It appears the minimal word route seemed to have been a successful method in portraying the excitement of our first day of production. The pictures posted hopefully gave you a good idea not only of how lively June 8th was but also what our little film is going to look like. This time, as I walk you through Production Day 2, I thought it would be interesting to use even fewer words in explaining the day. So, instead of the typical full-sentence format, I present to you haikus from Day 2; a few 17-syllabulled poems to walk you through our final day of shooting. Hopefully, this will make the reading experience just slightly different. But in a good way.

If you haven’t yet, please make sure you see the post about Production Day 1 (http://projectspacesquid.com/2010/06/production-day-1-a-photo-essay-in-two-parts/). It isn’t a required pre-requisite to reading or understanding this particular post, but you’d be missing some awesome pictures from June 8th.

Once again, photo credit goes to the talented Sam Green (http://dd.ourvfs.com/dd13sam/wordpress/).

Day 2 – June 9th

Prosthetic white arms / Tearing apart at the seams / Fake blood everywhere

Moving onto legs / Just ask makeup artist Nikki / Ripping them is fun

Pulled into shadows / Norrys fighting for his life / My favorite shot

Breaking off his limbs / One leg following one arm / James is a good sport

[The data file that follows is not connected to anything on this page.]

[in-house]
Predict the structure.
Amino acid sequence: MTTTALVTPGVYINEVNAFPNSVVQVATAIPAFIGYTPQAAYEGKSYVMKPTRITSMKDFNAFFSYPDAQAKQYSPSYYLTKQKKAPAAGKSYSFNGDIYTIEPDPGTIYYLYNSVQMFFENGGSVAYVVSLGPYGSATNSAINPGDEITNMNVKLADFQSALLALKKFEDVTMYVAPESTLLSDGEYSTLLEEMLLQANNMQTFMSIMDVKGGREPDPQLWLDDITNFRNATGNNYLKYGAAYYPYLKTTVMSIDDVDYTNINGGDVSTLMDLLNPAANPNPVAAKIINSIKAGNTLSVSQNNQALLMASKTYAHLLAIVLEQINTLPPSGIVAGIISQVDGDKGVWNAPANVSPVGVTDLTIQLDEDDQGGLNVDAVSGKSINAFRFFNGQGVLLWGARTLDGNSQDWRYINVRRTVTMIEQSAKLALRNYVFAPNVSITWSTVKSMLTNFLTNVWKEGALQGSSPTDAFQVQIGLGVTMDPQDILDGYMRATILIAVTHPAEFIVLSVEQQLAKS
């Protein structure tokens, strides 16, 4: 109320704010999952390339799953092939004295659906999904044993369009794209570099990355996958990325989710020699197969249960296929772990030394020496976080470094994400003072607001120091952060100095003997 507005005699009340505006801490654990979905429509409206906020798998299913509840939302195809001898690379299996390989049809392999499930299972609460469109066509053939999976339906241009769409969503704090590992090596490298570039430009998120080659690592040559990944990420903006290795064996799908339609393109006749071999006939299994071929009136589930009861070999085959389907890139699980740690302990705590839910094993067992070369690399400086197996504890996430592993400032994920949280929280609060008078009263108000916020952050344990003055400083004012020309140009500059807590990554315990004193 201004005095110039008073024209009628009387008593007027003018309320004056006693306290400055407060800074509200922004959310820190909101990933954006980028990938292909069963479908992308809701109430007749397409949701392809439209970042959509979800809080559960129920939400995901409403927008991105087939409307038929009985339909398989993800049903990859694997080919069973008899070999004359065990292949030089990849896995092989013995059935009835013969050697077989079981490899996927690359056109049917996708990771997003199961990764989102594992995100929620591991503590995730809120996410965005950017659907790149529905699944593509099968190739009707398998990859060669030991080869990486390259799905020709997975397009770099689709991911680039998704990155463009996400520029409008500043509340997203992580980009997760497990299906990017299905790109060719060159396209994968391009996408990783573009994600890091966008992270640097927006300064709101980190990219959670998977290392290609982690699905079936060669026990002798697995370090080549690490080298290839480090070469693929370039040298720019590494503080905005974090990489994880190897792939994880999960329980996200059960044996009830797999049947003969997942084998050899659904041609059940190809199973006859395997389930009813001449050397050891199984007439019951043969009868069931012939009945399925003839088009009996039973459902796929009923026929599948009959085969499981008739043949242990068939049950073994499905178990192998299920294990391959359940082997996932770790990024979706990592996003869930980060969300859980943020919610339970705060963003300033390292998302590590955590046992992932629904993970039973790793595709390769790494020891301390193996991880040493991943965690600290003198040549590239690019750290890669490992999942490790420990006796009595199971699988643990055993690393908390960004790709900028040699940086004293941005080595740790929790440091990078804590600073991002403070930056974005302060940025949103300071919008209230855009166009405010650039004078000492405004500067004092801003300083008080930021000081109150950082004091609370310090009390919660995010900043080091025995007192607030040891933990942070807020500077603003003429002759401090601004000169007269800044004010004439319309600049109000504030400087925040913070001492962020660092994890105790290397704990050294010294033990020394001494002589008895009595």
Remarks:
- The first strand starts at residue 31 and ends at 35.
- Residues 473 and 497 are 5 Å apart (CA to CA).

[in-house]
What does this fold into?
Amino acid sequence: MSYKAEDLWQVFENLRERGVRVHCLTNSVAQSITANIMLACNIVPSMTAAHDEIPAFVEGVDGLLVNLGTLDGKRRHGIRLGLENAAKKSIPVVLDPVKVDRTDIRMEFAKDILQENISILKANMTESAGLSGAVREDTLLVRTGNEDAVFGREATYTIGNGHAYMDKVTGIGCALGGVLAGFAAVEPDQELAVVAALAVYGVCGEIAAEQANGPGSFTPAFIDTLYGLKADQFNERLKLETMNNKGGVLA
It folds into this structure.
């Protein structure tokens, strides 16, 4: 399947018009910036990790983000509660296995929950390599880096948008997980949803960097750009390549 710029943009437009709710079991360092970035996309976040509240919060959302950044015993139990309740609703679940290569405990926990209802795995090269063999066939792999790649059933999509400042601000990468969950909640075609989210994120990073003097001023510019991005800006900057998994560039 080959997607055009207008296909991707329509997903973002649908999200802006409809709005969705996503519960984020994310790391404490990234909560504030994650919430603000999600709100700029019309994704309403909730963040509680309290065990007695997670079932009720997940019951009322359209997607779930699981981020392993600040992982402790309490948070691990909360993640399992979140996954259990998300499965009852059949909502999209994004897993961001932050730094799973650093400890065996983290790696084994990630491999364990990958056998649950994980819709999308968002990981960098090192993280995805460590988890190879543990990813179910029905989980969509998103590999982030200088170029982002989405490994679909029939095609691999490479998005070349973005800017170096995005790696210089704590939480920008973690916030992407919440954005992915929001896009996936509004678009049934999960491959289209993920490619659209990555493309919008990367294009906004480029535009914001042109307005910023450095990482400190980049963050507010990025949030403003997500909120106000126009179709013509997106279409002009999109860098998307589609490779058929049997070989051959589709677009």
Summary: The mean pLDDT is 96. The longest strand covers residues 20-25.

Detectives hunting / Tim, Steven and Adrian/ Only green screen shot

Dim lighting all day / Made interesting pictures / Everyone moody

That’s all she wrote, or in this case, took pictures of. I’m sure the haiku format kept you riveted throughout.

Shooting wrapped shortly after; not just on The Rats in the Walls but for all of Project Space Squid. We said thank-you to the cast and crew and began taking down the set and packing up the equipment. It was certainly a bitter-sweet moment. While we had completed shooting our film, we had also just wrapped one of our most important and exciting experiences at VFS.

As the euphoria of the last two days set in, we prepared ourselves for the post-production phase. While before it was costumes, make-up and actors that consumed all of our time, it would now be editors, sound designers and composers we would need to chase after. It will be twice as laborious and all kinds of frustrations will surface. But for now, we smile and enjoy the fruits of our labour. Regardless of how ripe they may be.

See you next time!